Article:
* Tens of billions of dollars needed for Pakistan
* IMF programme at risk without tax reform
* Fear for outbreak of epidemics
(Adds Gilani comments)
By Michael Georgy
KARACHI, Sept 16 (Reuters) - Pakistan's allies can only do so much to rebuild the country after devastating floods so the government must raise tens of billions of dollars for reconstruction itself, a top U.S. official said on Thursday.
The floods, triggered by heavy monsoon rain in late July, killed more than 1,750 people, forced at least 10 million people from their homes and caused up to $43 billion in damage.
"The international community is not going to be able to raise tens of billions of dollars," U.S. Special Representative for Afghanistan and Pakistan Richard Holbrooke told a meeting of newspaper editors in the southern city of Karachi.
"You have to figure out a way to raise the money," he said.
A massive cascade of waters swept through the country, washing away homes, roads, bridges, crops and livestock, sending the vital U.S. ally in the campaign against militancy reeling in one of the worst natural disasters in recorded history. <^^^^^^^^^^^^^^^^^^^^^^^^^^^^^^^^^^^^^^^^^^^^^^^^^^^^^^^^^^^
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Pakistan's economy was already fragile and the cost of rehabilitation will likely push the 2010/11 fiscal deficit to between 6 and 7 percent of gross domestic product (GPD) against an original target of 4 percent.
The floods are "going to put your government to the test", Holbrooke said.
Pakistan's tax to GDP ratio is about 10 percent, one of the lowest in the world, and while the government has called for greater revenue collection, it has done little to broaden a very narrow tax base.
Pakistani Foreign Minister Shah Mehmood Qureshi said the government was contemplating measures to generate revenue.
"We...intend to revisit our budgetary priorities to cap non-development expenditures, to reprioritise our development allocations and to see what we can do to mobilise national resources," he told reporters in the city of Multan along with Holbrooke and Australian Foreign Minister Kevin Rudd.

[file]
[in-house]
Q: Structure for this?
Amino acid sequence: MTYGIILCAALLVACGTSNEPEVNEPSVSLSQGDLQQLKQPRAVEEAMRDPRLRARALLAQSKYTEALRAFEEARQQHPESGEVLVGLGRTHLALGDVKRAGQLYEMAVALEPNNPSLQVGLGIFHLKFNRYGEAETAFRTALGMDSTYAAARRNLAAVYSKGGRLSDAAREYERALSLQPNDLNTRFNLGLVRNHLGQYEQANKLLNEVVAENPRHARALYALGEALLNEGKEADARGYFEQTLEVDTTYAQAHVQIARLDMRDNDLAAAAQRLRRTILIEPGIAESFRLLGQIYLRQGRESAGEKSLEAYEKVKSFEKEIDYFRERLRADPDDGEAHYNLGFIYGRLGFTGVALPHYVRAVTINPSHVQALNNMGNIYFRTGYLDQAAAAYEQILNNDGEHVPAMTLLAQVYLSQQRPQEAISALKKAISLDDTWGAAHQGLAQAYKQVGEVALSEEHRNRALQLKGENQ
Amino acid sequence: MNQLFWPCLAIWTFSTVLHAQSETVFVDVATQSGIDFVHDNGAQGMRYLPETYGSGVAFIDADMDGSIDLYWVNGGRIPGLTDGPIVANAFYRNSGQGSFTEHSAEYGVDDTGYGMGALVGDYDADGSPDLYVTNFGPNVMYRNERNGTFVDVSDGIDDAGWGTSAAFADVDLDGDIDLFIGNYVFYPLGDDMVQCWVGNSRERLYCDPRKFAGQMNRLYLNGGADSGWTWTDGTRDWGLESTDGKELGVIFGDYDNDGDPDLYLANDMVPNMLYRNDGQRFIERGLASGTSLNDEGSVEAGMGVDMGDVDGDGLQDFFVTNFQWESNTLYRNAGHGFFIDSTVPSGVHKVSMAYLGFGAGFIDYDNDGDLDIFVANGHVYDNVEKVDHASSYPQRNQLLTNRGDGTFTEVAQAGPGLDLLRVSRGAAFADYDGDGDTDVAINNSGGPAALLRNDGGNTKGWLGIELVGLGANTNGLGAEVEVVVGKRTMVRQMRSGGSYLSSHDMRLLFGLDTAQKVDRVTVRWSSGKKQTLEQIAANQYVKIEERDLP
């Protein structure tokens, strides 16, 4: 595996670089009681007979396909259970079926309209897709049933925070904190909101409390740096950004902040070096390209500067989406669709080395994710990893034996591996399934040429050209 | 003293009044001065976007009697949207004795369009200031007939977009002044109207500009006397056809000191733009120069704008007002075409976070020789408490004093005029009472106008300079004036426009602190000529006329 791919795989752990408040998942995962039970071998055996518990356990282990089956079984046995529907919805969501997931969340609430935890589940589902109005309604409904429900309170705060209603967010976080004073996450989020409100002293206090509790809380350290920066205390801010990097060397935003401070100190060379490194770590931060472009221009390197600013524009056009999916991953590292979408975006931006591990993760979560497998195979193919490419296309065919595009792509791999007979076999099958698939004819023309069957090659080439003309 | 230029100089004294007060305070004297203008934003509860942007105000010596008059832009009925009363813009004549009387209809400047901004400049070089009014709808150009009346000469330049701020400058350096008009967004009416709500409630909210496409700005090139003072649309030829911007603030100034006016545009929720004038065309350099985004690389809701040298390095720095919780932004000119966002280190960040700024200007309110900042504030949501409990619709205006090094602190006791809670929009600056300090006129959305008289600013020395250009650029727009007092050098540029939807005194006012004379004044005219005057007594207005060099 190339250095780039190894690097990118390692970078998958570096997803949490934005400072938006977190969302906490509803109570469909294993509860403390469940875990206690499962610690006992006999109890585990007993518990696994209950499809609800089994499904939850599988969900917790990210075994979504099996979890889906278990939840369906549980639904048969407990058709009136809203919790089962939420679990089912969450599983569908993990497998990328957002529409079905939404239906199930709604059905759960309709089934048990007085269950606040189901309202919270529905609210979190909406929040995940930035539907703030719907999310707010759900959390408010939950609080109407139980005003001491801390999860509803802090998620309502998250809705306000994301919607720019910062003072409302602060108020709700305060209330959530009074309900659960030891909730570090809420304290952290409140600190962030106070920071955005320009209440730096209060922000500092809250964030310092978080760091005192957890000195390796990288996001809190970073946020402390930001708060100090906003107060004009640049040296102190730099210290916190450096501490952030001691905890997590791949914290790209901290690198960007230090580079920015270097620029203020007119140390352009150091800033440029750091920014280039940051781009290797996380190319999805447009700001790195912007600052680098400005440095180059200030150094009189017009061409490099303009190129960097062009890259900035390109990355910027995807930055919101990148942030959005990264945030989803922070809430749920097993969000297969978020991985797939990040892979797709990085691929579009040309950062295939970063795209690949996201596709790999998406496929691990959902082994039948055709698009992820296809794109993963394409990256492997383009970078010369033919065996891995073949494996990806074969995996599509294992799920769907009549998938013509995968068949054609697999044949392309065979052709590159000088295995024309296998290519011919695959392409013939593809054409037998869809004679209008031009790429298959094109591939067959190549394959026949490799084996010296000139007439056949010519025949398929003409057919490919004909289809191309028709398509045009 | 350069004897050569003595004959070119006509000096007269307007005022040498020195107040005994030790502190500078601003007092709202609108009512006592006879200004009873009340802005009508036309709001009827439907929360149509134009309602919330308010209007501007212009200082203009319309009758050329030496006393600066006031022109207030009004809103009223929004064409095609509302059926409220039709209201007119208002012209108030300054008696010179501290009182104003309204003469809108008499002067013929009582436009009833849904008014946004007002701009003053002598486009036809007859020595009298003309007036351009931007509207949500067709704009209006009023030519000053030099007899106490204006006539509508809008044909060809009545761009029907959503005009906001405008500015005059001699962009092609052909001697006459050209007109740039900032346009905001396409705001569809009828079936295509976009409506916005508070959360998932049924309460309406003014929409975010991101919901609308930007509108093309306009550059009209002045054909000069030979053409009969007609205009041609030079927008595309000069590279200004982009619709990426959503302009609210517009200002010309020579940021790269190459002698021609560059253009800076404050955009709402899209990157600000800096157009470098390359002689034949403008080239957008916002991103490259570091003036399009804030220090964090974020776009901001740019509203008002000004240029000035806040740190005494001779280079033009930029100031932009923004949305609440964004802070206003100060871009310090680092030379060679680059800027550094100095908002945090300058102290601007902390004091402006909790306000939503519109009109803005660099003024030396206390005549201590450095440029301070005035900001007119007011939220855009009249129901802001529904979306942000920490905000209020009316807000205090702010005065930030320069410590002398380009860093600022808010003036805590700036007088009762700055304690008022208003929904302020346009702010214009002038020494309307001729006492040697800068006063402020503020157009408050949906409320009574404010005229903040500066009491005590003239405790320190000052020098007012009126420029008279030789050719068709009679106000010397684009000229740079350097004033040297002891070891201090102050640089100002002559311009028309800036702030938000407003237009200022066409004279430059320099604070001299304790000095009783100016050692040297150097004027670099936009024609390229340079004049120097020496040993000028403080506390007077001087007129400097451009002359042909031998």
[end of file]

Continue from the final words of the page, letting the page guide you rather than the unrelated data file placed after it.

The International Monetary Fund (IMF) on Wednesday approved as expected $451 million in emergency funding to help the country rebuild. That amount is separate from a $11 billion IMF-backed economic programme agreed in 2008.
About 10 million flood victims are in urgent need of food and shelter. Aid agencies warn that water-borne diseases and hunger could kill many more.
Pakistani Prime Minister Yusuf Raza Gilani appealed to donors to help Pakistan with the flood crisis because the country needs stability to fight terrorism.
"The world should be more concerned about Pakistan's stability because this situation can disturb stability in Pakistan," he told reporters.
The United States has taken the lead in providing emergency aid, contributing $261 million for relief and security.
Washington wants to make sure the floods do not create political turmoil in Pakistan, which faces a Taliban insurgency at home and is under U.S. pressure to tackle militants who cross the border to attack U.S.-led NATO troops in Afghanistan. (Additional reporting by Sahar Ahmed in Karachi and Augustine Anthony in Islamabad; Writing by Chris Allbritton; Editing by Elizabeth Fullerton) (For more Reuters coverage of Pakistan, see: http://www.reuters.com/places/pakistan)
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